Just six months ago, Italy’s economic news was not so good. The government was even selling palazzos to nibble down a gargantuan national debt.
Six Facts About the Italian Economy
1. Economic growth, if at all, has been sluggish.
Now, with the impact of the coronavirus outbreak, Italy could have a tough time offsetting its economic impact.
Too many years were a growth minus:
2. Compared to its neighbors, Italy has one of the lowest GDP growth rates.
One economist explained that Italy’s biggest problem was its dependence on medium-sized businesses. They can excel with production but not innovation, they have difficulty competing globally.
On the following output graph, in 2007, Germany, France, Spain, and Italy were bunched together. After that, Italy fell increasingly behind:
3. Correspondingly, unemployment remains high.
You can see that it’s been awhile since Italy’s unemployment rate was close to the U.S. 3.6 percent rate. Nearly 43 percent in 2014, Italy’s youth unemployment now is approximately 29 percent.
After the great recession (end of 2007 to mid 2009), Italy’s jobless numbers soared, then improved, but still are elevated.
4. Meanwhile, and perhaps most concerning, Italy’s debt is massive.
Italy has a debt equal to 130% of its GDP. At 180%, only Greece is in worse shape. But because Italy will need additional coronavirus spending, what its owes could limit how much more it borrows.
You can see that many different groups of people have loaned Italy money by purchasing its bonds:
5. Italy’s economic engine is at the vortex of its coronavirus outbreak.
While the following map displays Italy’s GDP leader, it also reflects where the coronavirus is concentrated. Emblematic of the GDP impact, Italy had to ban all flights to and from China, a $16 billion buyer of its exports. Most of China’s clothing editors and buyers and buyers were unable to attend Milan’s fashion week.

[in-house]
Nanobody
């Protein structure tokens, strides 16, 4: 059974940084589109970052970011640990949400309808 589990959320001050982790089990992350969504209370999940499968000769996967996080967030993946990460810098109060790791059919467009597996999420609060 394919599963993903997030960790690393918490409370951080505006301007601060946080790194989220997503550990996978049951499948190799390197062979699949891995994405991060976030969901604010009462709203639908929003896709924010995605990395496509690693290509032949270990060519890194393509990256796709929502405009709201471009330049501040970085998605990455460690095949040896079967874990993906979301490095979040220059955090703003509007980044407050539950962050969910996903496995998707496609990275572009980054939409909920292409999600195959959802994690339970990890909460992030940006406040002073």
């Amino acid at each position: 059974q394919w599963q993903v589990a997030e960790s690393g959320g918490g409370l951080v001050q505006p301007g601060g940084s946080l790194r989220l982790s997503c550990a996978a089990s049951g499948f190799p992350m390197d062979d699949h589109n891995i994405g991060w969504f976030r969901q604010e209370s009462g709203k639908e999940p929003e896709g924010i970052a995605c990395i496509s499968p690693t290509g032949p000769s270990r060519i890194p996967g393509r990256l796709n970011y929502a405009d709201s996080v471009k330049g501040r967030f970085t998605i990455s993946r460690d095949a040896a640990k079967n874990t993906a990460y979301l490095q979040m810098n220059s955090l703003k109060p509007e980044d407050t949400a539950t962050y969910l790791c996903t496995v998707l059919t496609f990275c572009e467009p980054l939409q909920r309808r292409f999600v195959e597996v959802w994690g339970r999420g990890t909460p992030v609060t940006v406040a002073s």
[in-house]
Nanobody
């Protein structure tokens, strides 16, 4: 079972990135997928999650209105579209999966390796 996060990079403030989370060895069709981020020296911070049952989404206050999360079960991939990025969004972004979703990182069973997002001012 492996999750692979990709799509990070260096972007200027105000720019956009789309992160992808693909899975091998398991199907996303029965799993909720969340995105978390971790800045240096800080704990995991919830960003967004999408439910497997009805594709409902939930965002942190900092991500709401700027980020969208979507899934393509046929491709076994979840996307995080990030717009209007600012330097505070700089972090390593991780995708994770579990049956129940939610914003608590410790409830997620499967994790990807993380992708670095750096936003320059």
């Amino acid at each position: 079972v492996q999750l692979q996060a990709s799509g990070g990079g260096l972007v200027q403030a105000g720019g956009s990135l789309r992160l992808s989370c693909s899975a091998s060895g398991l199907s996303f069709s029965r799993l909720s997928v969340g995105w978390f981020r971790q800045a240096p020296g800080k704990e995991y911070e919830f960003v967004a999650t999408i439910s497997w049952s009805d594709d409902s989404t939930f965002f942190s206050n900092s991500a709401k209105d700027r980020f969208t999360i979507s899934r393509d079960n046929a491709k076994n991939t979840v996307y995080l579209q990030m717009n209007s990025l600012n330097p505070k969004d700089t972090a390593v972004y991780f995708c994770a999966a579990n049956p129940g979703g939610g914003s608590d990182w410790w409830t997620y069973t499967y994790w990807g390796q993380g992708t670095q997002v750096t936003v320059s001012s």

Yesterday, far exceeding other regions in Italy, Lombardy’s coronavirus cases totaled 1524:
6. Especially in Northern Italy, factories, stores, tourism, and households have been monumentally constrained by the coronavirus outbreak.
In areas of Northern Italy, schools and universities have shut down. People are working from home, many bars, restaurants and theaters (including Milan’s La Scala) are closed. At the same time, church services have been cancelled, funerals limited to relatives, and areas south of Milan are quarantined. As for tourism, according to Milan’s hotel association president, in just five days, somewhere between 50 to 80% of all hotel reservations have been cancelled.
Better than a map or a graph, this empty tram in Milan shows the economic impact of the coronavirus:
Our Bottom Line: Fiscal Policy
As one of the hardest hit countries, Italy’s fiscal policy is responding to the coronavirus outbreak:
Fiscal policy includes a country’s spending, taxation, and borrowing decisions. Now, with its coronavirus crisis, the Italian government says it will be spending an extra €3.6 billion ($4 billion).
Looking back at #4, I wonder how Italy’s debt will affect coronavirus spending.
My sources and more: Always handy for some solid but bland facts, WEF was a good place to start. Next, and much more interesting, The Washington Post and The Local had up-to-date facts about the Italian economy as did FT and Bloomberg. And finally, I did find a helpful CEPS primer on Italian debt.